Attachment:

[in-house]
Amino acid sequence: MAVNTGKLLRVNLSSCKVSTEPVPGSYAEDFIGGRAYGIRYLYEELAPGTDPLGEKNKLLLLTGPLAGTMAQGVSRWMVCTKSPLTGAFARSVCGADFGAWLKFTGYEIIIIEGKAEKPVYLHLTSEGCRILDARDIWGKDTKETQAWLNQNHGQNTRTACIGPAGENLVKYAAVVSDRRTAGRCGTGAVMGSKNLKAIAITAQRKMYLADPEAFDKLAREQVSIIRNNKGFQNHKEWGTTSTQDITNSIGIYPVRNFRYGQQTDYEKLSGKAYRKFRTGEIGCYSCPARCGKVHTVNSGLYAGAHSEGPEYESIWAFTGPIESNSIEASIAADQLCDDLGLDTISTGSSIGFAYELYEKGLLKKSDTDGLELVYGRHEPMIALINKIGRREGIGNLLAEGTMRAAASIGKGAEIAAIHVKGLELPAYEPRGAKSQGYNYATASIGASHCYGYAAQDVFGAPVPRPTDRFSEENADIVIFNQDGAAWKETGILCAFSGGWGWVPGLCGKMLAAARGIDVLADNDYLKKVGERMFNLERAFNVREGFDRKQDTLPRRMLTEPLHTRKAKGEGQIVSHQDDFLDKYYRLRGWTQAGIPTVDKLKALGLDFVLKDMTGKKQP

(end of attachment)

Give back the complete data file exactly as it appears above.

[in-house]
Amino acid sequence: MAVNTGKLLRVNLSSCKVSTEPVPGSYAEDFIGGRAYGIRYLYEELAPGTDPLGEKNKLLLLTGPLAGTMAQGVSRWMVCTKSPLTGAFARSVCGADFGAWLKFTGYEIIIIEGKAEKPVYLHLTSEGCRILDARDIWGKDTKETQAWLNQNHGQNTRTACIGPAGENLVKYAAVVSDRRTAGRCGTGAVMGSKNLKAIAITAQRKMYLADPEAFDKLAREQVSIIRNNKGFQNHKEWGTTSTQDITNSIGIYPVRNFRYGQQTDYEKLSGKAYRKFRTGEIGCYSCPARCGKVHTVNSGLYAGAHSEGPEYESIWAFTGPIESNSIEASIAADQLCDDLGLDTISTGSSIGFAYELYEKGLLKKSDTDGLELVYGRHEPMIALINKIGRREGIGNLLAEGTMRAAASIGKGAEIAAIHVKGLELPAYEPRGAKSQGYNYATASIGASHCYGYAAQDVFGAPVPRPTDRFSEENADIVIFNQDGAAWKETGILCAFSGGWGWVPGLCGKMLAAARGIDVLADNDYLKKVGERMFNLERAFNVREGFDRKQDTLPRRMLTEPLHTRKAKGEGQIVSHQDDFLDKYYRLRGWTQAGIPTVDKLKALGLDFVLKDMTGKKQP